By Kati Moore (MEM ’16)
DURHAM, N.C. – For Lucila Houttuijn Bloemendaal (Trinity ’18) and Jack McDermott (Trinity ’17), being environmentally active is not only a passion, but also a responsibility.
“When I was younger, I was interested in biodiversity and conservation, but the more I got into that, the more I realized there were so many other issues,” Houttuijn Bloemendaal says. “Once you have this knowledge, it comes with the responsibility to do something,”
Houttuijn Bloemendaal and McDermott are both third-year undergraduates majoring in Earth and Ocean Sciences (EOS). Many of their classes are in the Nicholas School, where they are learning how to address the most pressing environmental issues facing our planet today.
McDermott is using his EOS major as the first building block to a career in environmental policy. As an undergraduate he is establishing a solid scientific understanding of environmental issues. Next fall he will begin learning how to apply this knowledge in law and policy as he enrolls in the Duke Law School.
Houttuijn Bloemendaal says she came to Duke knowing she wanted to study science.
“I chose Earth and Ocean Sciences because I like the synthesis of different sciences – chemistry, physics, biology, ecology,” she says. “I liked how it was a nice mix of things to understand how the world works in a natural way.”
They are applying skills learned at the Nicholas School to their roles as co-presidents of Duke Environmental Alliance, a student-run organization dedicated to promoting environmental sustainability, raising environmental awareness, and supporting student environmental initiatives, both on campus and in the Durham community.
They each became involved with the Environmental Alliance during their first year. Last year, Houttuijn Bloemendaal served as the volunteer outreach coordinator for the group, and McDermott served as the director of communications. The Environmental Alliance leadership also includes a vice president, treasurer, and a director of publicity.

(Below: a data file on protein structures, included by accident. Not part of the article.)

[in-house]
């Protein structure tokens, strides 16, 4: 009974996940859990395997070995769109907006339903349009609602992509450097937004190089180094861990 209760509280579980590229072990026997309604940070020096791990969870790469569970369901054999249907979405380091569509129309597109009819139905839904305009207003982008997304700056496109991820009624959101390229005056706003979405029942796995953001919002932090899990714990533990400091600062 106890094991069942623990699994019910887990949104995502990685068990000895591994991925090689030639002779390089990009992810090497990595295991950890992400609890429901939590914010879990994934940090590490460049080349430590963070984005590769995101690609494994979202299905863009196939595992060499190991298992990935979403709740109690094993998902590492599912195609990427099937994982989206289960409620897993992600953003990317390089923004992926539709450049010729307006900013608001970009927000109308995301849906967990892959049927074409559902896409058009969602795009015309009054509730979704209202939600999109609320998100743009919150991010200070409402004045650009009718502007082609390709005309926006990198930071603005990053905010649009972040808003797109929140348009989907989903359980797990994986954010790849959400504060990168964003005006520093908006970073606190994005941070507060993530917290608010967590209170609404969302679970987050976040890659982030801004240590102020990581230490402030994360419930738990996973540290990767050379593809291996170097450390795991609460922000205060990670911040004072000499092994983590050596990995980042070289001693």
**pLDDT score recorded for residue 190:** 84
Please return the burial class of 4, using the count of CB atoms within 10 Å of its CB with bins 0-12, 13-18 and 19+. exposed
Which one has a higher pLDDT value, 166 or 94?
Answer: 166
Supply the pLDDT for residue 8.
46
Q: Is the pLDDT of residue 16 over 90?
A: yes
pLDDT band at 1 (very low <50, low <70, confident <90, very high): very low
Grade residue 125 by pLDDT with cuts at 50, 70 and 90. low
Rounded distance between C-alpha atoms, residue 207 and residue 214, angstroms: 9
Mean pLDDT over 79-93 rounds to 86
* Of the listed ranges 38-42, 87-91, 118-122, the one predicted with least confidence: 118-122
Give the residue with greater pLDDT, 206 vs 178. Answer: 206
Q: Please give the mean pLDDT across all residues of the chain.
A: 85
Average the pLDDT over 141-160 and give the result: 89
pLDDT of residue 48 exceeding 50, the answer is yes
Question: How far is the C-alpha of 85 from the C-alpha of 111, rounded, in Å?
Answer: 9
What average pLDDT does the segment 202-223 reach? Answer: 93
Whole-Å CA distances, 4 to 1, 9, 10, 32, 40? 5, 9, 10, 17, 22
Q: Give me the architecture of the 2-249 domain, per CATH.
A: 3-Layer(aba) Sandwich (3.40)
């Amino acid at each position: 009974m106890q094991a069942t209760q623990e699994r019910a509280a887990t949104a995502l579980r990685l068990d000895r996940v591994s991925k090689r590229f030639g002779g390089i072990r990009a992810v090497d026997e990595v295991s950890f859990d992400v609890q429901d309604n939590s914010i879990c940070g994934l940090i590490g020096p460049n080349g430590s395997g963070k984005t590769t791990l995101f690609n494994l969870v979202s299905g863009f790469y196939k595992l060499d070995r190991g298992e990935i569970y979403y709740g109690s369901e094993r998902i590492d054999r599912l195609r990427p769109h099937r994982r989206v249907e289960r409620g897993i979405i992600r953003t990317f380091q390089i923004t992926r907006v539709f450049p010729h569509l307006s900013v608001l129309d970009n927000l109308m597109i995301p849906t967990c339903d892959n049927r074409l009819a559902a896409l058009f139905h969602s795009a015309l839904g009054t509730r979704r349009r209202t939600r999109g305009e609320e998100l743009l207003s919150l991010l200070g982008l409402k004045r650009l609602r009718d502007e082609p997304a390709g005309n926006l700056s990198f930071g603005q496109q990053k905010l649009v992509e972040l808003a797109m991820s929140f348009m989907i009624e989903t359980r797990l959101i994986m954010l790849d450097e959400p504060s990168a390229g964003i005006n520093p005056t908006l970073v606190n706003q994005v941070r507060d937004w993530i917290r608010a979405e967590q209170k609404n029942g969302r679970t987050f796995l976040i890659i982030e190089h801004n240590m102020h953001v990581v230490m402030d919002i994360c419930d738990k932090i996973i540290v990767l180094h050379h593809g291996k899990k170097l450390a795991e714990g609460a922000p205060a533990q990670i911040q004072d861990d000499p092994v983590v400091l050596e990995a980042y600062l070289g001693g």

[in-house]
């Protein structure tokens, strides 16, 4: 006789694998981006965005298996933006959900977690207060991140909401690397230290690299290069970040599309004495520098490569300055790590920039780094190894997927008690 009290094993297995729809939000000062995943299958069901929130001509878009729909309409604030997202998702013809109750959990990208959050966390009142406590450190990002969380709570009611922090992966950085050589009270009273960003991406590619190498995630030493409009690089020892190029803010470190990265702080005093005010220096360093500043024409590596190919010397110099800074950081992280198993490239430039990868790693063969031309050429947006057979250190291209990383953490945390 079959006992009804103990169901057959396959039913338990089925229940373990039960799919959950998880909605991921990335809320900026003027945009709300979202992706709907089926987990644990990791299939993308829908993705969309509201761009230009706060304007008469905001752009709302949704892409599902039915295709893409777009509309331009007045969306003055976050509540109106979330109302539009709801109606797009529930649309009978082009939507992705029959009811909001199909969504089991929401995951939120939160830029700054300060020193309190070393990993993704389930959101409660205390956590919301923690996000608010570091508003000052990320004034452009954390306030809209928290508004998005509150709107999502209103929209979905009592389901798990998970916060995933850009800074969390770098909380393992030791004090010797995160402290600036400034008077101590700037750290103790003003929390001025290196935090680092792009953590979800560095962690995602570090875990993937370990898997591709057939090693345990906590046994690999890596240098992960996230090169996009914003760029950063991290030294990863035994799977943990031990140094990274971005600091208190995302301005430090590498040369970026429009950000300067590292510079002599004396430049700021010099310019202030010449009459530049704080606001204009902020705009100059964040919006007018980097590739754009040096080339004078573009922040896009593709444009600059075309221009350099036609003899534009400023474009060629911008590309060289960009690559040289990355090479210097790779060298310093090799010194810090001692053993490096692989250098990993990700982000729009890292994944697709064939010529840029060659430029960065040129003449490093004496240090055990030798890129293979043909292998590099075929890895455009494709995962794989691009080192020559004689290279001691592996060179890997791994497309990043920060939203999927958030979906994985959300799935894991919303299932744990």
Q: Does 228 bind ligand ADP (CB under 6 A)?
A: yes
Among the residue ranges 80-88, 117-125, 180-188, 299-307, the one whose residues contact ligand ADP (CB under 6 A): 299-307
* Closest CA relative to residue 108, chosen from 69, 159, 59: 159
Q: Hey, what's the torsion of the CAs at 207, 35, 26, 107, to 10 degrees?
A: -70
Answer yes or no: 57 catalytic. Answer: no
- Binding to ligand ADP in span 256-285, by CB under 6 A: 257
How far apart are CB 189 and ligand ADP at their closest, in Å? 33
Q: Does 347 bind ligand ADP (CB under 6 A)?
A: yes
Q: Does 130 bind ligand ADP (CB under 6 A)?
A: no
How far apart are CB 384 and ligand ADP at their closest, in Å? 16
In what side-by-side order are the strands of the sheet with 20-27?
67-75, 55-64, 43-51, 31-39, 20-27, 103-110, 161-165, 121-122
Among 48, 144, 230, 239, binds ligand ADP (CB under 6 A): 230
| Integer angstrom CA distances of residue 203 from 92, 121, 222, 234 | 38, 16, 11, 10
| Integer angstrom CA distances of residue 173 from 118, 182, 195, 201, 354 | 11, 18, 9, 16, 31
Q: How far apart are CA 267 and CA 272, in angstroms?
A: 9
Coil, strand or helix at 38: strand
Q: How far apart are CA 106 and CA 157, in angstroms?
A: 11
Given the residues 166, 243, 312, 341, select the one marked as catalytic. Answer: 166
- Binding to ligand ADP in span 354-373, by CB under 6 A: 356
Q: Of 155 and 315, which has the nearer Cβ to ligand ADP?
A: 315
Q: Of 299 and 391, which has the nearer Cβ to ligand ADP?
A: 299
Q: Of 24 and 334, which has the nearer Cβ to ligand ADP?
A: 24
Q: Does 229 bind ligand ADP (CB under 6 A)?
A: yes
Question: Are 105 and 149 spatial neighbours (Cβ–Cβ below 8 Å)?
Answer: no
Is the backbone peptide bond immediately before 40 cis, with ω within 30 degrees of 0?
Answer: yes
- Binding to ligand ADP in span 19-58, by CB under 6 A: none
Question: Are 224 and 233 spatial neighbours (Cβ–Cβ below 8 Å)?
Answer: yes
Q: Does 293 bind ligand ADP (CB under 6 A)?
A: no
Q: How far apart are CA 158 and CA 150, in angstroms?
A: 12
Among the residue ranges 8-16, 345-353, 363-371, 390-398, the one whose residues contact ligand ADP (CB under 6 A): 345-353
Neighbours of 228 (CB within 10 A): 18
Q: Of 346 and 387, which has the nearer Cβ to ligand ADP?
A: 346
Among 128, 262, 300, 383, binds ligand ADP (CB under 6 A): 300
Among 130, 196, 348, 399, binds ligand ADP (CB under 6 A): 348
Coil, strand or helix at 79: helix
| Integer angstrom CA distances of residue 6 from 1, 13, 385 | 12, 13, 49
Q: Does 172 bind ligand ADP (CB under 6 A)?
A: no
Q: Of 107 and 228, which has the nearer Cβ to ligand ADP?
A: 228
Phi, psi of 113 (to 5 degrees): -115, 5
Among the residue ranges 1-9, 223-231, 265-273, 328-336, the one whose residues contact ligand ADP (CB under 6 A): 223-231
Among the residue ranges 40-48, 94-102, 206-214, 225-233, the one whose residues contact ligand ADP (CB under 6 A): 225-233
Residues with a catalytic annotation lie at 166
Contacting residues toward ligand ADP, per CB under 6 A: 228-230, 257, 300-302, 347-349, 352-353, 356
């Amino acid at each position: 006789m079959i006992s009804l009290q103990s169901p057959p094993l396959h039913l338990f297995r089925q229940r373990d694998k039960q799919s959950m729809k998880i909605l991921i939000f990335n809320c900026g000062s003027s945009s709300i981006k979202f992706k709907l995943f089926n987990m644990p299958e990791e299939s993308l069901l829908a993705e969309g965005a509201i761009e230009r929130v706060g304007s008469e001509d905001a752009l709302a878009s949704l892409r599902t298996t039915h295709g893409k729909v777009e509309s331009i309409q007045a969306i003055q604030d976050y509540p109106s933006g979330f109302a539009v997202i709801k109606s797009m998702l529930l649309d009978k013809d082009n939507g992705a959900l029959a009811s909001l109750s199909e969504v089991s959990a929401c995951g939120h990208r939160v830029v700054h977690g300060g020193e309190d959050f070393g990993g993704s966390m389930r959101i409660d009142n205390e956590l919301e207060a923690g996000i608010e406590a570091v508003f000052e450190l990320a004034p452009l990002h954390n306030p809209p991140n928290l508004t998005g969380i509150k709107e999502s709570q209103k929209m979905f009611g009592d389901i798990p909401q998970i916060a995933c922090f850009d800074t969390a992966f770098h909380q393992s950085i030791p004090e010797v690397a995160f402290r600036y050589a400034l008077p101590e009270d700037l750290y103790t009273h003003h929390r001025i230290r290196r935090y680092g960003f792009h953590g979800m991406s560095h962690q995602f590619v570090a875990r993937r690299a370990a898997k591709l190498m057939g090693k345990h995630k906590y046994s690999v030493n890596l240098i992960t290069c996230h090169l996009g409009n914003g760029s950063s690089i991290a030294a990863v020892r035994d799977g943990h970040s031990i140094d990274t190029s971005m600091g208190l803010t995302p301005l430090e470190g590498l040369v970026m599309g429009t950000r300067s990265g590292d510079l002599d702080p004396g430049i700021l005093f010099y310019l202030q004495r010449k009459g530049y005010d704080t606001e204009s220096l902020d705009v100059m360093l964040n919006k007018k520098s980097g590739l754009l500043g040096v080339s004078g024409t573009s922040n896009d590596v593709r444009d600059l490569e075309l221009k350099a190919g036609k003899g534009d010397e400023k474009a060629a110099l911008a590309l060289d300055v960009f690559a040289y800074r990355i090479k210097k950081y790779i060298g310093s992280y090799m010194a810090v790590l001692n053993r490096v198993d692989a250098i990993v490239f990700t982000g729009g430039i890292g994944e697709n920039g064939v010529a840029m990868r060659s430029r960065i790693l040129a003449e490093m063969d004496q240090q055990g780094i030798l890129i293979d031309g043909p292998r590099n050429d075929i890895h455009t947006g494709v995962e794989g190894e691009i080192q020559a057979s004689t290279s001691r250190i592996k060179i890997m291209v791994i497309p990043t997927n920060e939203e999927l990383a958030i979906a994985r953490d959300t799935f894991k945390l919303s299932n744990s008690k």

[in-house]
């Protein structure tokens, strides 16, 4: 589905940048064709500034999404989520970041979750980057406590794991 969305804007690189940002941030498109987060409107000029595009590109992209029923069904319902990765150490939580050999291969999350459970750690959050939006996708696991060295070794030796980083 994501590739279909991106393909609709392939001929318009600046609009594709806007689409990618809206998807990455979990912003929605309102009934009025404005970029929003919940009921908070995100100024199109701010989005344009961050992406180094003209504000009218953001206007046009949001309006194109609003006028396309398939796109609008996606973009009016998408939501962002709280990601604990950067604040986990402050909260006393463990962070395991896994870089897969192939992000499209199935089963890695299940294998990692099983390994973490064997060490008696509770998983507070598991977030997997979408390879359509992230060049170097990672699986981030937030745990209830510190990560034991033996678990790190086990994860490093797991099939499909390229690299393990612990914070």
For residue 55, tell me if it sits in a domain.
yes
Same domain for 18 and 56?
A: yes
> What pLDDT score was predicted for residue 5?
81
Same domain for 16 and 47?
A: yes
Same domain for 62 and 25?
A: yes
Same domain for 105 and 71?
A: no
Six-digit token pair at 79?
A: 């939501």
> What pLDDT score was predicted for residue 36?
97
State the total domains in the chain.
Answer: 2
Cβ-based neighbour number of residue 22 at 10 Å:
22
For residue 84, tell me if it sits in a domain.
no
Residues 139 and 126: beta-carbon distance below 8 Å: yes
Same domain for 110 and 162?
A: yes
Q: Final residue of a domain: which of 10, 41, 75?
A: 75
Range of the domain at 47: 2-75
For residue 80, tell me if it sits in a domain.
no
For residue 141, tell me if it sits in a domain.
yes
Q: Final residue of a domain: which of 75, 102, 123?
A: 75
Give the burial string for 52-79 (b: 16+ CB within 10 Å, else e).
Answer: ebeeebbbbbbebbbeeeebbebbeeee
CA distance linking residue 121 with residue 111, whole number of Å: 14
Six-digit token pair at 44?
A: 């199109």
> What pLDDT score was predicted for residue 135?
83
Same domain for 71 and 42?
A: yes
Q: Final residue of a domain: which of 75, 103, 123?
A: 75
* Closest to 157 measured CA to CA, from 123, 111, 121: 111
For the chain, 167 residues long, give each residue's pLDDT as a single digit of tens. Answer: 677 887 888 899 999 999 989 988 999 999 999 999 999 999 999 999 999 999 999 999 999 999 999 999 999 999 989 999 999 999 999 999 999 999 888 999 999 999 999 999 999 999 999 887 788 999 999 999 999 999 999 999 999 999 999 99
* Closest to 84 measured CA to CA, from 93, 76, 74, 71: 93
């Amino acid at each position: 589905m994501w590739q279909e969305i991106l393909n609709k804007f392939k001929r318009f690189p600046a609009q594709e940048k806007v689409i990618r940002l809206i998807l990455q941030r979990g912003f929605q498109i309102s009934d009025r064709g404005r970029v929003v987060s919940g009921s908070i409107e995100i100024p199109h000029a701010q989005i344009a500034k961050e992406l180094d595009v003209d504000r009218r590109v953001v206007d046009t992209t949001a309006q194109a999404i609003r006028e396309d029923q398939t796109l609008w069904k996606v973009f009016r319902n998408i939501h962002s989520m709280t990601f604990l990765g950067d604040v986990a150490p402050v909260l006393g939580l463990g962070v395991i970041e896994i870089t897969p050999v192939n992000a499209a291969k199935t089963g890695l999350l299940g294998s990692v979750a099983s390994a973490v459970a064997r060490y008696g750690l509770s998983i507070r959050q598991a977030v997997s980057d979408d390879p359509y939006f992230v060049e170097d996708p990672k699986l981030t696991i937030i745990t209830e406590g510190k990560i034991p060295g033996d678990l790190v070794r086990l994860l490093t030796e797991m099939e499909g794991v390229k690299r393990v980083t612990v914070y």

Last fall, the Environmental Alliance held their annual sustainability competition between dormitories. Students were challenged to reduce their dorm’s energy consumption and participate in a variety of educational activities.
This spring, on April 9, the group will host their annual EarthFest celebration, which brings together multiple on-campus groups to promote sustainable practices. Last year’s theme was environmental issues in North Carolina, such as coal ash and fracking. This year’s theme is the future.
“There is a lot of uncertainty right now,” says McDermott. “This event is meant to give people opportunities to take action and get involved.”
In addition to these two main events, the Environmental Alliance has partnered with other campus groups to host various events, including a film series centered on water and how it is portrayed in movies. The series is called “Water: Friend or Foe?” and includes “Semper Fi:
Always Faithful” on March 2 and “Erin Brockovich” on April 6. The Environmental Alliance is partnering with the Kenan Institute for Ethics, DukeArts, and the Artstigators to host the series.
In addition to leading various environmental initiatives on campus, Environmental Alliance serves as a way for students to meet like-minded individuals and make their own mark through projects of their own.
“It’s important to provide a platform for other students to get together and come up with ideas and make them a reality,” Houttuijn Bloemendaal says. “We can support them with resources or expertise, or in any way to get ideas going.”
Past projects have included a 5k race focused on sustainability and distribution of reusable water bottles at Duke events.
Photo and video by: Sean Rowe, multimedia and web content specialist